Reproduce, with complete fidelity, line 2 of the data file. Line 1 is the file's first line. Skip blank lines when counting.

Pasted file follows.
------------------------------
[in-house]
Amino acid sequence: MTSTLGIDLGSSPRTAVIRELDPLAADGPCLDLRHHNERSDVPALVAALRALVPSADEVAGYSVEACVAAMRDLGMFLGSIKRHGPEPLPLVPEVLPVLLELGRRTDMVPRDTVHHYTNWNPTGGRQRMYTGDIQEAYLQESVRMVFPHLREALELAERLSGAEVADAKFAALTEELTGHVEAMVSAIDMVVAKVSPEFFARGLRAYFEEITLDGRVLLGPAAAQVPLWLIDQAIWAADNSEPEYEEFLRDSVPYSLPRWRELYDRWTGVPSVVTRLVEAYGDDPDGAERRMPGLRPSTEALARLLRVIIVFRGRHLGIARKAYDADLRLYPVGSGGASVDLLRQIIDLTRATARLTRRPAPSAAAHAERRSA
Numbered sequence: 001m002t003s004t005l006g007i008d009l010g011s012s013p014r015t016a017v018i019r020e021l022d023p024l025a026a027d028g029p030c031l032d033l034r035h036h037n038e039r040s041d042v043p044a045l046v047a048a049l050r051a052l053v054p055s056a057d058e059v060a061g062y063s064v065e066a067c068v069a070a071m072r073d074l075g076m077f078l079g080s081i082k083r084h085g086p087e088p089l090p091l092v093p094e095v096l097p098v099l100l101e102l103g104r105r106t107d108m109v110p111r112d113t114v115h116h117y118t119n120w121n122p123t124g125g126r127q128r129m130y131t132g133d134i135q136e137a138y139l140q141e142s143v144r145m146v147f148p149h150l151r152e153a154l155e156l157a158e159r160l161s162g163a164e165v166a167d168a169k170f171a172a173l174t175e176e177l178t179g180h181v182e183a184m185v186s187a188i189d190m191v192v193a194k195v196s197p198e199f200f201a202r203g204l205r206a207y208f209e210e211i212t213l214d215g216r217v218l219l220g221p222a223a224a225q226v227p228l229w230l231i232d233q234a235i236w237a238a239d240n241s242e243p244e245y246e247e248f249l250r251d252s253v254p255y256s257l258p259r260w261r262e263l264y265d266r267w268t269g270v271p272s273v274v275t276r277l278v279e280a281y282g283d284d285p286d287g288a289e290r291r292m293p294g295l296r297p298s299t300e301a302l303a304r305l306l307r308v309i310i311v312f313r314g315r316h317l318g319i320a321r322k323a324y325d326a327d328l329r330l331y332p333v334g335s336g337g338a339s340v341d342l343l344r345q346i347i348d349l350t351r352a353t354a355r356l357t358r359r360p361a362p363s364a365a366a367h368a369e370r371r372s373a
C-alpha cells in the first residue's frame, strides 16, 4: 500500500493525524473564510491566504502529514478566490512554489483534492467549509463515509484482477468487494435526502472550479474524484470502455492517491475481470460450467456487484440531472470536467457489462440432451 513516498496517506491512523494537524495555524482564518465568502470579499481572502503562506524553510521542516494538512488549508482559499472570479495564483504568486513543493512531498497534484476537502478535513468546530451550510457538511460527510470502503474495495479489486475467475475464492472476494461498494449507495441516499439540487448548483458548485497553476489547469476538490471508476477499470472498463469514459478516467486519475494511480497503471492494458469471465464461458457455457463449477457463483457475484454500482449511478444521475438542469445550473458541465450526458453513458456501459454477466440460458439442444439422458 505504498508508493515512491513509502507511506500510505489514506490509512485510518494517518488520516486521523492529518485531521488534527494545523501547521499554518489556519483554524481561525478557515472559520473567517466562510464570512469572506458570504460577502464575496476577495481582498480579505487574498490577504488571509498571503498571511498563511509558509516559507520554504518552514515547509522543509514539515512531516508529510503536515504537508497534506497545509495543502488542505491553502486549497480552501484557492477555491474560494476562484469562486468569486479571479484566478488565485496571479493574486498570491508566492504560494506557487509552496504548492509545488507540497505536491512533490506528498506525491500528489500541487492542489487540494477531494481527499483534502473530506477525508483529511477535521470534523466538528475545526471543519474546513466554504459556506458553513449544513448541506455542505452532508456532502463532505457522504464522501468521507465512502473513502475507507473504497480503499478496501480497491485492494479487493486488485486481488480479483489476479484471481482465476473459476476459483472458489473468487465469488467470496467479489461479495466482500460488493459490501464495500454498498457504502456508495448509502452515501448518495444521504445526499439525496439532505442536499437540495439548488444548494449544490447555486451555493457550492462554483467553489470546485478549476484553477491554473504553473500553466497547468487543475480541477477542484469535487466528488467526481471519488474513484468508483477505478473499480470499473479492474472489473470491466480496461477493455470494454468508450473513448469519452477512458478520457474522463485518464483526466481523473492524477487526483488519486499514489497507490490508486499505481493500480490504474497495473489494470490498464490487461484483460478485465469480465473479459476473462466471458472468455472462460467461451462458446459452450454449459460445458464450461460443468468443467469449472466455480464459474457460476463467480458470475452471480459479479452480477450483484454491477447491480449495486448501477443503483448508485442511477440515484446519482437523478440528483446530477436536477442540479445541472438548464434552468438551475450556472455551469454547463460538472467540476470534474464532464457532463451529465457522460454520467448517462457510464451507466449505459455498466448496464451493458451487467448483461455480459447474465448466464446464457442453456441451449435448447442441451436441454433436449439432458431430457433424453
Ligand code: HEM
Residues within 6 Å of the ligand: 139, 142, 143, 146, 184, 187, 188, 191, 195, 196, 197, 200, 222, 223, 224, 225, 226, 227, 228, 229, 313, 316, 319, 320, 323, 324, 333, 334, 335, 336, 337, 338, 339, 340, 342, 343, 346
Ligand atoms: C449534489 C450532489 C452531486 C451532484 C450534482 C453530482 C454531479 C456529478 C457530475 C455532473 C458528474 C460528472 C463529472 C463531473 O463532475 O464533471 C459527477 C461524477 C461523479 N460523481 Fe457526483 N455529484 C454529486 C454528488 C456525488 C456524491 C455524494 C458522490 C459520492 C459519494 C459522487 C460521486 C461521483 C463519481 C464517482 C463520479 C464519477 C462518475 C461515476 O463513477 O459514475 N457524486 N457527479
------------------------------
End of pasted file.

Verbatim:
Amino acid sequence: MTSTLGIDLGSSPRTAVIRELDPLAADGPCLDLRHHNERSDVPALVAALRALVPSADEVAGYSVEACVAAMRDLGMFLGSIKRHGPEPLPLVPEVLPVLLELGRRTDMVPRDTVHHYTNWNPTGGRQRMYTGDIQEAYLQESVRMVFPHLREALELAERLSGAEVADAKFAALTEELTGHVEAMVSAIDMVVAKVSPEFFARGLRAYFEEITLDGRVLLGPAAAQVPLWLIDQAIWAADNSEPEYEEFLRDSVPYSLPRWRELYDRWTGVPSVVTRLVEAYGDDPDGAERRMPGLRPSTEALARLLRVIIVFRGRHLGIARKAYDADLRLYPVGSGGASVDLLRQIIDLTRATARLTRRPAPSAAAHAERRSA